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20 Mar 2008 12:11
A third state witness, testifying in the Pretoria Regional Court on Thursday, described his former boss, Ekurhuleni metro police chief Robert McBride, as “the mafia” and “a liar”.
Former metro police officer Patrick Johnston also said McBride was someone he was afraid of.
He told the court that on the day of McBride’s December 2006 accident, he had taken down details of the accident scene in a notebook he had in his possession.
He said that he only filled in an accident-report form the following day.
In turn, McBride’s counsel, Guido Penzhoin SC, asked if the South African Police Service did not arrive at the scene of the accident on the R511 near Centurion.
Johnston admitted that a female inspector arrived at the scene, offering to help.
He told her that this was unnecessary and that everything was under control.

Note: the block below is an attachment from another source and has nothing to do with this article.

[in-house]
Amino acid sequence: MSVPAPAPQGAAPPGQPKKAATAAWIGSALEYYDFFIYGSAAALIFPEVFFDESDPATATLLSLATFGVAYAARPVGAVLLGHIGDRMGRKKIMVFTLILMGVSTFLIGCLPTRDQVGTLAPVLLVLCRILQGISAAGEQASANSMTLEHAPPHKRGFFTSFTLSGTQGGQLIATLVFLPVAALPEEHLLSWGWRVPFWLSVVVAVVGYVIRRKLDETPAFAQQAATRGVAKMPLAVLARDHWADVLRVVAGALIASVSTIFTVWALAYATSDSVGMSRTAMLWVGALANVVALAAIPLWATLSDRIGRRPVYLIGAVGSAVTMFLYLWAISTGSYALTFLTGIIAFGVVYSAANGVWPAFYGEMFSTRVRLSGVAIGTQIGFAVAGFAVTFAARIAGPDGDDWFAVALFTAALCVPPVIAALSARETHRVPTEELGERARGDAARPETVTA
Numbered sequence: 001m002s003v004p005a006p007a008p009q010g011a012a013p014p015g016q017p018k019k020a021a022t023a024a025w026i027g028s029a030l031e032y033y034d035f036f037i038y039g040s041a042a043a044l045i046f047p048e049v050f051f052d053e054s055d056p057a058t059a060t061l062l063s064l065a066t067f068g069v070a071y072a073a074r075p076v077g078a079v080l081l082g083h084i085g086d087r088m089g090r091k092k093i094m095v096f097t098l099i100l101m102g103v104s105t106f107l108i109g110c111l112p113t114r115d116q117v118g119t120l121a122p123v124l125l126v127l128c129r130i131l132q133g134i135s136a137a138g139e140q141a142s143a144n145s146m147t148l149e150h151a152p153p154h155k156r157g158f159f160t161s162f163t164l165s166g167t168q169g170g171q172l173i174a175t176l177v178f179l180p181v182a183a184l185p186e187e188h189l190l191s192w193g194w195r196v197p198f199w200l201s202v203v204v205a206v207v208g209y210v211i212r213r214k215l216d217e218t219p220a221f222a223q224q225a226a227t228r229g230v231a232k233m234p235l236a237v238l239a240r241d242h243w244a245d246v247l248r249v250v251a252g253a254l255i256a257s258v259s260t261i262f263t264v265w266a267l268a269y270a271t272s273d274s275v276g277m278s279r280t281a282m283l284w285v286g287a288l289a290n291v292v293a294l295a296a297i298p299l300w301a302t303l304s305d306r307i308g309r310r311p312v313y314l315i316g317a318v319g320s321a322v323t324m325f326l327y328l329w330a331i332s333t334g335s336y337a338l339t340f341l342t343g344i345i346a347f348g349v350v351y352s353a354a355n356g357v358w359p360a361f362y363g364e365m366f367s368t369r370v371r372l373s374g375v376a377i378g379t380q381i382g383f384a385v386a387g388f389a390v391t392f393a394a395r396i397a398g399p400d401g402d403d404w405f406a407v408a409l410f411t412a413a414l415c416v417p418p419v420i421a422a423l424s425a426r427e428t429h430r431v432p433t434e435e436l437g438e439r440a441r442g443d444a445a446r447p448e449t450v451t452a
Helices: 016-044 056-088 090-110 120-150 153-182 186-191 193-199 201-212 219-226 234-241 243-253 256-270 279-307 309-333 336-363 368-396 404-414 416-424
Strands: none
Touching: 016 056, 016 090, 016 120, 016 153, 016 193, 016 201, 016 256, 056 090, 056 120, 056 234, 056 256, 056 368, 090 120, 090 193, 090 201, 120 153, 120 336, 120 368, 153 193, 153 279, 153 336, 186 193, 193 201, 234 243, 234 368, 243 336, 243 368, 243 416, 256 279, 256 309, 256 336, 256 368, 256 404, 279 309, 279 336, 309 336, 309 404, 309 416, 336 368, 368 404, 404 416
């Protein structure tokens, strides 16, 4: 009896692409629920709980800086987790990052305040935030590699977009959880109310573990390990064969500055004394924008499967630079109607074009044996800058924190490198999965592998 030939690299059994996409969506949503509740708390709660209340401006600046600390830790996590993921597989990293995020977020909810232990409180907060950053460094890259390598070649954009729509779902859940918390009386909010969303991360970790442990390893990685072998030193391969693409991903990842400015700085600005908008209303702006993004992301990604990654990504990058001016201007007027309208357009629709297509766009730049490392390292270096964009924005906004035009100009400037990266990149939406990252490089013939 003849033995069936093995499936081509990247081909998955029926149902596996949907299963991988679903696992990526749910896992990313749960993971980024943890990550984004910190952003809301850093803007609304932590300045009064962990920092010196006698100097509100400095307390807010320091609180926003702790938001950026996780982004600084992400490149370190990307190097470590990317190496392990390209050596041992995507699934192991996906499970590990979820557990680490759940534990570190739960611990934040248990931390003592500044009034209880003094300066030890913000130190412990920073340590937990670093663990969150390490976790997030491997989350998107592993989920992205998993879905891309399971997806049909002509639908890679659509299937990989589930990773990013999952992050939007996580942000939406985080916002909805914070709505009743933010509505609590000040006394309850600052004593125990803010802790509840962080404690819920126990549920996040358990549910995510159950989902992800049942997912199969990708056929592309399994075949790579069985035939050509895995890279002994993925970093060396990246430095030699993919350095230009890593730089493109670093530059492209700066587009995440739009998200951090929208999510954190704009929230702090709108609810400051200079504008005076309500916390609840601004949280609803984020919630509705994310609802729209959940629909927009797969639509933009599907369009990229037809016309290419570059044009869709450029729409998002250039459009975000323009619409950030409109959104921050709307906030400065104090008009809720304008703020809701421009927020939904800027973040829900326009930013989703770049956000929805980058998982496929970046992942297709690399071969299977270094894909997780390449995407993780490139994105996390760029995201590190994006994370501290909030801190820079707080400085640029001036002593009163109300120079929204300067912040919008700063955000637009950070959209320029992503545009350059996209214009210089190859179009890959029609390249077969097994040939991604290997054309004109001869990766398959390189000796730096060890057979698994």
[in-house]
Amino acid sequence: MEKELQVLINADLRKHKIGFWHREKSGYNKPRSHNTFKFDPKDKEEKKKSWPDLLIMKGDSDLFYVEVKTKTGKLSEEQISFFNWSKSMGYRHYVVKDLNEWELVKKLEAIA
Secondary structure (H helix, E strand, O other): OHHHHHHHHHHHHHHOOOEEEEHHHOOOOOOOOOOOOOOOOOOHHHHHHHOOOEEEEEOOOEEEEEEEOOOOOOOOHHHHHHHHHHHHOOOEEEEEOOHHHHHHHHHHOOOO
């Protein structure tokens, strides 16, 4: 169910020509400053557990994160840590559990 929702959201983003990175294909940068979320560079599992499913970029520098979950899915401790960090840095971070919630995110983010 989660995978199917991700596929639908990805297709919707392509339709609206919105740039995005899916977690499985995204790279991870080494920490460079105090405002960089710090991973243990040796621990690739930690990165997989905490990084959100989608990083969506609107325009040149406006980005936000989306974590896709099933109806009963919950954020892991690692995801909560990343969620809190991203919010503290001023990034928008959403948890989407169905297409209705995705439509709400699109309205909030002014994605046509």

The defence said that in her statement, the inspector indicated that Johnston had told her that McBride had been pushed off the road and lost control of the vehicle, hence his accident.
To this, Johnston replied: “I could have [told her that].”
Johnston said that after he made a statement to the police in May 2007, the cover-up continued to bother him to such an extent that he no longer went to church.
This was in response to the defence’s question as to why he did not tell the truth about the incident from the very beginning.
He also said he was scared of his boss and therefore covered up the fact that McBride had been drunk on the night of the accident.
Johnston told the court he had never changed his May 30 statement, although he had been approached by McBride’s friend Danny Kasrils to do so.
According to Johnston, Kasrils told him he would be able to get a job with the African National Congress, provided that he changed his statement to the police about McBride’s sobriety.
He said that he was familiar with Kasrils and that they had met at a bank and then at a News Café restaurant in Johannesburg.
Kasrils also allegedly visited Johnston’s wife to try to get her to change her husband’s mind.
McBride has pleaded not guilty to a charge of defeating the ends of justice, another of fraud and one of driving under the influence of alcohol.—Sapa
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